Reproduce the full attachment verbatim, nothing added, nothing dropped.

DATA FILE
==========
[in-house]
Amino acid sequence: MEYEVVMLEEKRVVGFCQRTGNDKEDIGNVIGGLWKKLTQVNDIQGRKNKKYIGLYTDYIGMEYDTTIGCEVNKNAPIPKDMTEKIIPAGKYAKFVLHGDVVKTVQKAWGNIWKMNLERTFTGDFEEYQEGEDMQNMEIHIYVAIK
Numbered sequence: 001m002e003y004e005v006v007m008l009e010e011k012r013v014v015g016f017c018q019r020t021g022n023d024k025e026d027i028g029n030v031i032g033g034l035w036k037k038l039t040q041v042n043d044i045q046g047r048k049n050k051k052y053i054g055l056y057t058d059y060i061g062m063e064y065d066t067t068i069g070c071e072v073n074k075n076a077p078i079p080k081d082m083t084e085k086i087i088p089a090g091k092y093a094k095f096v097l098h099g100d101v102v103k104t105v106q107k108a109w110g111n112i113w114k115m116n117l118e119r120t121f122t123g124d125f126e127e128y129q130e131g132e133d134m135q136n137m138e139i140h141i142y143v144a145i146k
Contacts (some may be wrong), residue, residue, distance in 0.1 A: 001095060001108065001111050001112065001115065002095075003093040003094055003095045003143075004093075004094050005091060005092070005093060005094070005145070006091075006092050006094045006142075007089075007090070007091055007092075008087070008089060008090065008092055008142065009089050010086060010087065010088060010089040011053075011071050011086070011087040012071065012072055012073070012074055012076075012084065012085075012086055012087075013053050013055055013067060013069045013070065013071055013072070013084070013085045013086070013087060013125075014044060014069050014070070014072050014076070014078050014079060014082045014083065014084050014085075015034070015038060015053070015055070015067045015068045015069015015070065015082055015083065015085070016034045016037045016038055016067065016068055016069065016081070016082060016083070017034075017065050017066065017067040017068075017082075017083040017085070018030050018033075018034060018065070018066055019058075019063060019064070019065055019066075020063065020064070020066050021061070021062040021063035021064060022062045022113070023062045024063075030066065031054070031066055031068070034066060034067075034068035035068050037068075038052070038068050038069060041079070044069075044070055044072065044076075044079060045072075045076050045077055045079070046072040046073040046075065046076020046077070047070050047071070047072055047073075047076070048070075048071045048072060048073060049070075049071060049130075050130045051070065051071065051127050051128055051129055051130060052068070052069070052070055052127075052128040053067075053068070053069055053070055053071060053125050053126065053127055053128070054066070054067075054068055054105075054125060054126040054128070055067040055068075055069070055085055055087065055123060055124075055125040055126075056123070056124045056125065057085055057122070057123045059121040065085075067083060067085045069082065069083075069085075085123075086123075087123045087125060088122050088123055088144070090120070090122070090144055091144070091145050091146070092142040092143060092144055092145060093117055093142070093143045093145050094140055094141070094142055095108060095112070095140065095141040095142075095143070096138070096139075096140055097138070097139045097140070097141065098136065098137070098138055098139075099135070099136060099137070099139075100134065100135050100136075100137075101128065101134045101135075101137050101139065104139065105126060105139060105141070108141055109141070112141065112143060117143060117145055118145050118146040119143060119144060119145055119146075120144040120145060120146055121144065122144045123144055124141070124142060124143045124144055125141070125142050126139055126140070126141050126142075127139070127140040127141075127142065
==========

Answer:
[in-house]
Amino acid sequence: MEYEVVMLEEKRVVGFCQRTGNDKEDIGNVIGGLWKKLTQVNDIQGRKNKKYIGLYTDYIGMEYDTTIGCEVNKNAPIPKDMTEKIIPAGKYAKFVLHGDVVKTVQKAWGNIWKMNLERTFTGDFEEYQEGEDMQNMEIHIYVAIK
Numbered sequence: 001m002e003y004e005v006v007m008l009e010e011k012r013v014v015g016f017c018q019r020t021g022n023d024k025e026d027i028g029n030v031i032g033g034l035w036k037k038l039t040q041v042n043d044i045q046g047r048k049n050k051k052y053i054g055l056y057t058d059y060i061g062m063e064y065d066t067t068i069g070c071e072v073n074k075n076a077p078i079p080k081d082m083t084e085k086i087i088p089a090g091k092y093a094k095f096v097l098h099g100d101v102v103k104t105v106q107k108a109w110g111n112i113w114k115m116n117l118e119r120t121f122t123g124d125f126e127e128y129q130e131g132e133d134m135q136n137m138e139i140h141i142y143v144a145i146k
Contacts (some may be wrong), residue, residue, distance in 0.1 A: 001095060001108065001111050001112065001115065002095075003093040003094055003095045003143075004093075004094050005091060005092070005093060005094070005145070006091075006092050006094045006142075007089075007090070007091055007092075008087070008089060008090065008092055008142065009089050010086060010087065010088060010089040011053075011071050011086070011087040012071065012072055012073070012074055012076075012084065012085075012086055012087075013053050013055055013067060013069045013070065013071055013072070013084070013085045013086070013087060013125075014044060014069050014070070014072050014076070014078050014079060014082045014083065014084050014085075015034070015038060015053070015055070015067045015068045015069015015070065015082055015083065015085070016034045016037045016038055016067065016068055016069065016081070016082060016083070017034075017065050017066065017067040017068075017082075017083040017085070018030050018033075018034060018065070018066055019058075019063060019064070019065055019066075020063065020064070020066050021061070021062040021063035021064060022062045022113070023062045024063075030066065031054070031066055031068070034066060034067075034068035035068050037068075038052070038068050038069060041079070044069075044070055044072065044076075044079060045072075045076050045077055045079070046072040046073040046075065046076020046077070047070050047071070047072055047073075047076070048070075048071045048072060048073060049070075049071060049130075050130045051070065051071065051127050051128055051129055051130060052068070052069070052070055052127075052128040053067075053068070053069055053070055053071060053125050053126065053127055053128070054066070054067075054068055054105075054125060054126040054128070055067040055068075055069070055085055055087065055123060055124075055125040055126075056123070056124045056125065057085055057122070057123045059121040065085075067083060067085045069082065069083075069085075085123075086123075087123045087125060088122050088123055088144070090120070090122070090144055091144070091145050091146070092142040092143060092144055092145060093117055093142070093143045093145050094140055094141070094142055095108060095112070095140065095141040095142075095143070096138070096139075096140055097138070097139045097140070097141065098136065098137070098138055098139075099135070099136060099137070099139075100134065100135050100136075100137075101128065101134045101135075101137050101139065104139065105126060105139060105141070108141055109141070112141065112143060117143060117145055118145050118146040119143060119144060119145055119146075120144040120145060120146055121144065122144045123144055124141070124142060124143045124144055125141070125142050126139055126140070126141050126142075127139070127140040127141075127142065